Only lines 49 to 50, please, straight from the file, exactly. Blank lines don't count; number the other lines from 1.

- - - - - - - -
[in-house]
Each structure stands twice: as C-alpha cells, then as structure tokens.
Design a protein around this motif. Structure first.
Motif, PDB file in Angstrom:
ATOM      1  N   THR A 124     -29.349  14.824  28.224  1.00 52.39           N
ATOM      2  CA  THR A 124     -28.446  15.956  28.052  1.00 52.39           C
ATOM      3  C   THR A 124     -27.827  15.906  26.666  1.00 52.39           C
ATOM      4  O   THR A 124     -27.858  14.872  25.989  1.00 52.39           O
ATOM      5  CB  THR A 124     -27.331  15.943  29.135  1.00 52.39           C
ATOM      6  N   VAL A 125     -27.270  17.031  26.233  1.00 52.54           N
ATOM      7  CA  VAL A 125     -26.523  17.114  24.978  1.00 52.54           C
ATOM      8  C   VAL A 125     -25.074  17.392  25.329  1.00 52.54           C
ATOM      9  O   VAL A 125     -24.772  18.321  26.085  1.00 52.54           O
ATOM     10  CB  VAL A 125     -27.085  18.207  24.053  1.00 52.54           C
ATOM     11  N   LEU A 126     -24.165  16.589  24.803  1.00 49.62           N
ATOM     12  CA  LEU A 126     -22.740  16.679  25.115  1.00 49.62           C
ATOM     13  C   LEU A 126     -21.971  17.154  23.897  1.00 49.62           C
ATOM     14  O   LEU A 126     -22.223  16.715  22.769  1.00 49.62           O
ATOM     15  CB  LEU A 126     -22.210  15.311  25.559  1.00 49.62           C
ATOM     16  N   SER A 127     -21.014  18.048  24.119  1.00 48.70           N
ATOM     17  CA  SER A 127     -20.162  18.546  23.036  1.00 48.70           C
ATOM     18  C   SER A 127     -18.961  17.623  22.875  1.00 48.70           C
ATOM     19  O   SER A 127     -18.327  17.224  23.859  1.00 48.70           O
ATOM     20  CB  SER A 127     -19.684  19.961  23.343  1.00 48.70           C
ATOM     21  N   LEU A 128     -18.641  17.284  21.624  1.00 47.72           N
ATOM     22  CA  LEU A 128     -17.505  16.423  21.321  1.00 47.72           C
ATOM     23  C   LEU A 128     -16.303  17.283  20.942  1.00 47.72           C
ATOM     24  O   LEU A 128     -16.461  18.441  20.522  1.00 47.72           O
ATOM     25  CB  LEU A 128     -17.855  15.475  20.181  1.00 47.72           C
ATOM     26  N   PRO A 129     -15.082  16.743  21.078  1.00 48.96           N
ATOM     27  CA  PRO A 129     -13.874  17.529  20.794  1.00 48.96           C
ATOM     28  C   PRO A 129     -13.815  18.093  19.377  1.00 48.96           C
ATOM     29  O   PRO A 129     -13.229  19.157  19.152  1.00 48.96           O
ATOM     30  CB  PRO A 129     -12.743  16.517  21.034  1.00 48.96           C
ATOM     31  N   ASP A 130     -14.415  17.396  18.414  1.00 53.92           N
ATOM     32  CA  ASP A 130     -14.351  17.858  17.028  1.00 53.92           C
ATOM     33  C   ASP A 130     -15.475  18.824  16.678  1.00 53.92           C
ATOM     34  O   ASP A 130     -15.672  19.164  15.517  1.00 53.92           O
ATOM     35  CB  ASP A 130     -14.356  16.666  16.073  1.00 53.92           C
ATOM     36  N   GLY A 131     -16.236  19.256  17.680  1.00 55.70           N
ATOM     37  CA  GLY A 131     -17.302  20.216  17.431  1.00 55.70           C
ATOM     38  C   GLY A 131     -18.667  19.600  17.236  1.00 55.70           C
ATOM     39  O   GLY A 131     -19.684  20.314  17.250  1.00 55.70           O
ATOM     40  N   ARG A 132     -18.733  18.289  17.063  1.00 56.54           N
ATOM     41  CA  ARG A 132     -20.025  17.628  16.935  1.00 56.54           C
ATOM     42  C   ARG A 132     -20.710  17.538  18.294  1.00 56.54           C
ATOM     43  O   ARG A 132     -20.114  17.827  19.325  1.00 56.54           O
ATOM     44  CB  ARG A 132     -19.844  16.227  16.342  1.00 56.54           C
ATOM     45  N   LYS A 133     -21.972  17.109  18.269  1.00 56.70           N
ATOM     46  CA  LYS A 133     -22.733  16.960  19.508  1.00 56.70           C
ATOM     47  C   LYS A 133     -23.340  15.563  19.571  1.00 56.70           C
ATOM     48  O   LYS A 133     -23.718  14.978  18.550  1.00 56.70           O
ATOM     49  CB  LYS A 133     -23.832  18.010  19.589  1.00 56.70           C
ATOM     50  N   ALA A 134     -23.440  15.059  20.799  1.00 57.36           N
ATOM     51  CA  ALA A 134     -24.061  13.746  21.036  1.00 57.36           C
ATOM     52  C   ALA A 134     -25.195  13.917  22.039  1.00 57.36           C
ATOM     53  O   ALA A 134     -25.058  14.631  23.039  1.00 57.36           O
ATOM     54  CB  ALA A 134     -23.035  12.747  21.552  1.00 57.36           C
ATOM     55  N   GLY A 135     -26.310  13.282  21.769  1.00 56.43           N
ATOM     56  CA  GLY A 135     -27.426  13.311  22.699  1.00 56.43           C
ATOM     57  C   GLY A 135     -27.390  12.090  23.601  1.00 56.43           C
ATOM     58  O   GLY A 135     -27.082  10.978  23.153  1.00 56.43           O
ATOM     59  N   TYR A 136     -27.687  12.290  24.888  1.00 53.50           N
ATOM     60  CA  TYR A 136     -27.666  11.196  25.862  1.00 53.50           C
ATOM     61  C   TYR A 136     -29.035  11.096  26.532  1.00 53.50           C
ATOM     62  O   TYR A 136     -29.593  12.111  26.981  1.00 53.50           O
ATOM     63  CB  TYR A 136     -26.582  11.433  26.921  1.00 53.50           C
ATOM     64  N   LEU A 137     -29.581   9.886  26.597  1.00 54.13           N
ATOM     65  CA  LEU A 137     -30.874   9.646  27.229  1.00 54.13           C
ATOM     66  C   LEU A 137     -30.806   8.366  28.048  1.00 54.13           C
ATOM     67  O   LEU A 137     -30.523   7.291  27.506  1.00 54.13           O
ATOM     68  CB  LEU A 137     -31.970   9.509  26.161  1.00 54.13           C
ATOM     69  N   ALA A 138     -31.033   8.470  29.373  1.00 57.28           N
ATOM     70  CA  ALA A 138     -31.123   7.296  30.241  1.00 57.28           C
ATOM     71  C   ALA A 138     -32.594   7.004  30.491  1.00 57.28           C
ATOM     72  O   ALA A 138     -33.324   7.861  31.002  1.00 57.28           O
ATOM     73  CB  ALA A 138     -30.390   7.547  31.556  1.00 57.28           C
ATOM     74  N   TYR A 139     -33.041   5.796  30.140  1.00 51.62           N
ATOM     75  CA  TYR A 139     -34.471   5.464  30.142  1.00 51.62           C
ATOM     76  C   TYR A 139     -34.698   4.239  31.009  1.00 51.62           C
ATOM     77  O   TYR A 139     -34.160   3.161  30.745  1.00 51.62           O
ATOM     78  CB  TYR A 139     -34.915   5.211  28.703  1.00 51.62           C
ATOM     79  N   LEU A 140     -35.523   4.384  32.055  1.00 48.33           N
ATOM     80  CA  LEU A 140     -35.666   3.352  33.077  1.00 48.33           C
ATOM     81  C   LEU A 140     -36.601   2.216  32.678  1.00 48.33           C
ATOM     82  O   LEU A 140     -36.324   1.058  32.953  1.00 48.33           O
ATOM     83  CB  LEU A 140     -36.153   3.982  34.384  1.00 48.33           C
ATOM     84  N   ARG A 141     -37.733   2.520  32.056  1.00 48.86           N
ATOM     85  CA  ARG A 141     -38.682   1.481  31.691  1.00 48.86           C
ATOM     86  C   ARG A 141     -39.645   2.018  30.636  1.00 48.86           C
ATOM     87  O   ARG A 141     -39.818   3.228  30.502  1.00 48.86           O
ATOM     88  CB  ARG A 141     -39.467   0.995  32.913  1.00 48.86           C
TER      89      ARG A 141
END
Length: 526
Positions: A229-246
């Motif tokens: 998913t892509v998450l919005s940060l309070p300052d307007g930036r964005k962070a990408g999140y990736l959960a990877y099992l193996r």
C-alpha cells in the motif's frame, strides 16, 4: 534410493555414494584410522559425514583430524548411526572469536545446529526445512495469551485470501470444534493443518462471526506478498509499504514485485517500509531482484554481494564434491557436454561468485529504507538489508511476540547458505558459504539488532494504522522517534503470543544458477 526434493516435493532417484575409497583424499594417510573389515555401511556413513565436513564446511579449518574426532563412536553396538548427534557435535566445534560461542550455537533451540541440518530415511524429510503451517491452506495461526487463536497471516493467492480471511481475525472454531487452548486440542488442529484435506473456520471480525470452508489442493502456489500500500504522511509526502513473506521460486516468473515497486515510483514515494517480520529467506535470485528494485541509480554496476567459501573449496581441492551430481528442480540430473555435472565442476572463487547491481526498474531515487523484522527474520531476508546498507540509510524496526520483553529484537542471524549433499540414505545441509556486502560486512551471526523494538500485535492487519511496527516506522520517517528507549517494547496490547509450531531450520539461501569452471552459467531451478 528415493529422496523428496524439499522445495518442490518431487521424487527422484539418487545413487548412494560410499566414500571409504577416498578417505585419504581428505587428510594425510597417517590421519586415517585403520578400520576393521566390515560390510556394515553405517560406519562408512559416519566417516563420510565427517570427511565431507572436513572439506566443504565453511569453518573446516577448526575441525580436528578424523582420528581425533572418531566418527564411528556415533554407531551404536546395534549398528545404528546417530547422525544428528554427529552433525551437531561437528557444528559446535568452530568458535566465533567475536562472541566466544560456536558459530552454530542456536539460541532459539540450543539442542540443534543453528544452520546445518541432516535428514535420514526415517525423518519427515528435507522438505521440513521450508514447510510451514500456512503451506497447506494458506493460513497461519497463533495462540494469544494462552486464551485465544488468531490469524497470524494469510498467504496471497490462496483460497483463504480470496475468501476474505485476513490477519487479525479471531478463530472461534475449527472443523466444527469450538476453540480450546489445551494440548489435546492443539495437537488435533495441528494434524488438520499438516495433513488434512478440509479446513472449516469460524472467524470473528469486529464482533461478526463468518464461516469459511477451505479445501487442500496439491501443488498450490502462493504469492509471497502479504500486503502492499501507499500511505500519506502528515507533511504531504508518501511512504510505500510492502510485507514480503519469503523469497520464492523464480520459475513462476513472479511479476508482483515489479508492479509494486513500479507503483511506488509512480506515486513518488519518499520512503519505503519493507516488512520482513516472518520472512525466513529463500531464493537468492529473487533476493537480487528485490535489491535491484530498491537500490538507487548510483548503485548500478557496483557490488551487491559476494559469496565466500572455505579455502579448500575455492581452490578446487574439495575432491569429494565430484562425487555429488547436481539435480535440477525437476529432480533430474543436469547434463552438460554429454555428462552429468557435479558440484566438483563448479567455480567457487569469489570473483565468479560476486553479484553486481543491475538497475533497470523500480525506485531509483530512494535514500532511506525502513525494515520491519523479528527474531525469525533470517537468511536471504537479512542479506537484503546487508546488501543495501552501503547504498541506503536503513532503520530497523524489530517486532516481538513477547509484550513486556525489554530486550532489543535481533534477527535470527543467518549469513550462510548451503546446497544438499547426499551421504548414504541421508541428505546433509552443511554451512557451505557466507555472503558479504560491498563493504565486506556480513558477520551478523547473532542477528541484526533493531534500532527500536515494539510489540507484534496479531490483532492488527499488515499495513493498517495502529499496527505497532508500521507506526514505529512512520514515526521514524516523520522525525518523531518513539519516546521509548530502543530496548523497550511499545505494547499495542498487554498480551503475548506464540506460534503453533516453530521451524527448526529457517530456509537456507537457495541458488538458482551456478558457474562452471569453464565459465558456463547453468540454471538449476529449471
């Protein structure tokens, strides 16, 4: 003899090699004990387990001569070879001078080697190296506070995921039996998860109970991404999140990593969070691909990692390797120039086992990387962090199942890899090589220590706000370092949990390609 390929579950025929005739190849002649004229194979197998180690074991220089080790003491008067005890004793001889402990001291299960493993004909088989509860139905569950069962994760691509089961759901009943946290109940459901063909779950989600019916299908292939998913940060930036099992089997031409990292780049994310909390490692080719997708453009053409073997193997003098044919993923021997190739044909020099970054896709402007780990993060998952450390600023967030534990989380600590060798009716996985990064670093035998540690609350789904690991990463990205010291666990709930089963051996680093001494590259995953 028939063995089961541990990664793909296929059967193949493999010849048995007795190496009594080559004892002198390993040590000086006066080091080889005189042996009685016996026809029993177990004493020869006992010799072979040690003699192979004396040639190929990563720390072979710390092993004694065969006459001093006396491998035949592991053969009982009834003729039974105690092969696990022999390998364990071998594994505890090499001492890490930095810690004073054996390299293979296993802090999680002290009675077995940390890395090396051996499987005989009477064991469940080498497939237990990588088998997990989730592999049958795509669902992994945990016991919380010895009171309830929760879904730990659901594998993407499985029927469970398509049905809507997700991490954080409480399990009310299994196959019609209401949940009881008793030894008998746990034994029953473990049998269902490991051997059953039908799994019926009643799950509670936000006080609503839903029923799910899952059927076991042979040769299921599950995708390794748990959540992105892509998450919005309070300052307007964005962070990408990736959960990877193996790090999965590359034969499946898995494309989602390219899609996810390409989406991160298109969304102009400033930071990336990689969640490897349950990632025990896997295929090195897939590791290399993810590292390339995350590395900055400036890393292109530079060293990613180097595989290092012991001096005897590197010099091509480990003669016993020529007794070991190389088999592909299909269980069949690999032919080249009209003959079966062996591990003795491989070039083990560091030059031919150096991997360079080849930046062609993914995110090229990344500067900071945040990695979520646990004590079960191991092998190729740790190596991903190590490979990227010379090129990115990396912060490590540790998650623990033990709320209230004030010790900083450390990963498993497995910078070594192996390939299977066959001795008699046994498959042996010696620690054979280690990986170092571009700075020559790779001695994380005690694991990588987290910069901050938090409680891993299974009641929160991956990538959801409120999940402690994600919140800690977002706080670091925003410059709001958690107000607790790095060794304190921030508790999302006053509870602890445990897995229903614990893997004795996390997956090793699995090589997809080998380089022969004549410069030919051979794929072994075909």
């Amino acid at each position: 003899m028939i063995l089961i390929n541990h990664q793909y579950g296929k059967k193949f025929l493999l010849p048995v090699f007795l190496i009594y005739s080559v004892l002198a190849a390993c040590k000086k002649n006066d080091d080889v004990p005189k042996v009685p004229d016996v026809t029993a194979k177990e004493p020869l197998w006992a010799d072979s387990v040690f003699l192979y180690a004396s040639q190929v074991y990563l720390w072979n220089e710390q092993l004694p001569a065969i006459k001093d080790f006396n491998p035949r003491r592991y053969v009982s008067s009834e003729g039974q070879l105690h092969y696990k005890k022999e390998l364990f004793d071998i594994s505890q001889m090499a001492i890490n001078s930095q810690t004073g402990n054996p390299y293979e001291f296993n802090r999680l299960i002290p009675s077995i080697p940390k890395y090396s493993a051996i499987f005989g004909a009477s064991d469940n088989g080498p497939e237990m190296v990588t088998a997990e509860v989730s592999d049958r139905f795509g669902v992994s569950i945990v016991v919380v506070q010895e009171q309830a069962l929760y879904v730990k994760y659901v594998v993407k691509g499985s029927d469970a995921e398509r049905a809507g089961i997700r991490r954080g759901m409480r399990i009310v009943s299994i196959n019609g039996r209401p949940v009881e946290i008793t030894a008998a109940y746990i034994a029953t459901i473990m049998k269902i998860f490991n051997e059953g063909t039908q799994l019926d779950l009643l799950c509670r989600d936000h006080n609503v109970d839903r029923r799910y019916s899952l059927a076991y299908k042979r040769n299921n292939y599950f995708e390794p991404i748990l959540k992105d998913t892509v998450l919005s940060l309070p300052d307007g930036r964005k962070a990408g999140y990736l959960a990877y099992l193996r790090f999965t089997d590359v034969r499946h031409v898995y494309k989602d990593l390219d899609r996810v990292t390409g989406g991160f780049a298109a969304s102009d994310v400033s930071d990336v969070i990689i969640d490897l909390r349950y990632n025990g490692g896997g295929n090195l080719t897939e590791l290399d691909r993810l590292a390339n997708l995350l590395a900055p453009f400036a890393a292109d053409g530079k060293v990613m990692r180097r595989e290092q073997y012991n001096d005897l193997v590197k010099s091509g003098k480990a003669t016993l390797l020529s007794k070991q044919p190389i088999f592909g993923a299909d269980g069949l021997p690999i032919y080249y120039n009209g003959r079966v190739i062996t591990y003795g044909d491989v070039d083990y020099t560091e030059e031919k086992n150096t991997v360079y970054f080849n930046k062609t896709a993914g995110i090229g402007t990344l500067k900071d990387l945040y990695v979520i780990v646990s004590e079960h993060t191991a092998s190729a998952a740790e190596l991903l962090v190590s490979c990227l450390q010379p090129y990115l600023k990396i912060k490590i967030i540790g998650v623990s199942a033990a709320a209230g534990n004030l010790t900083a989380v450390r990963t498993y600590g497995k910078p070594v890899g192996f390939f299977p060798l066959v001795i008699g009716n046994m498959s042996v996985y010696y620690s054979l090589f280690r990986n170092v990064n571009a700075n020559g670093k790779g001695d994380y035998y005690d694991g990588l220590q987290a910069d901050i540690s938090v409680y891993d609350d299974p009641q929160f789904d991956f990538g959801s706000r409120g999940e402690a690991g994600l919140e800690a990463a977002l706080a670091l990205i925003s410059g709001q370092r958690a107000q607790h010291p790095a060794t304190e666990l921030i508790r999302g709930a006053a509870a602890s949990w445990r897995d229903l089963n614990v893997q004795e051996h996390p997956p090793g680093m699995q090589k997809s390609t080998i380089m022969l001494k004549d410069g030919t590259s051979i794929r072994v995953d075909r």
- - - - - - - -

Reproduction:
ATOM     45  N   LYS A 133     -21.972  17.109  18.269  1.00 56.70           N
ATOM     46  CA  LYS A 133     -22.733  16.960  19.508  1.00 56.70           C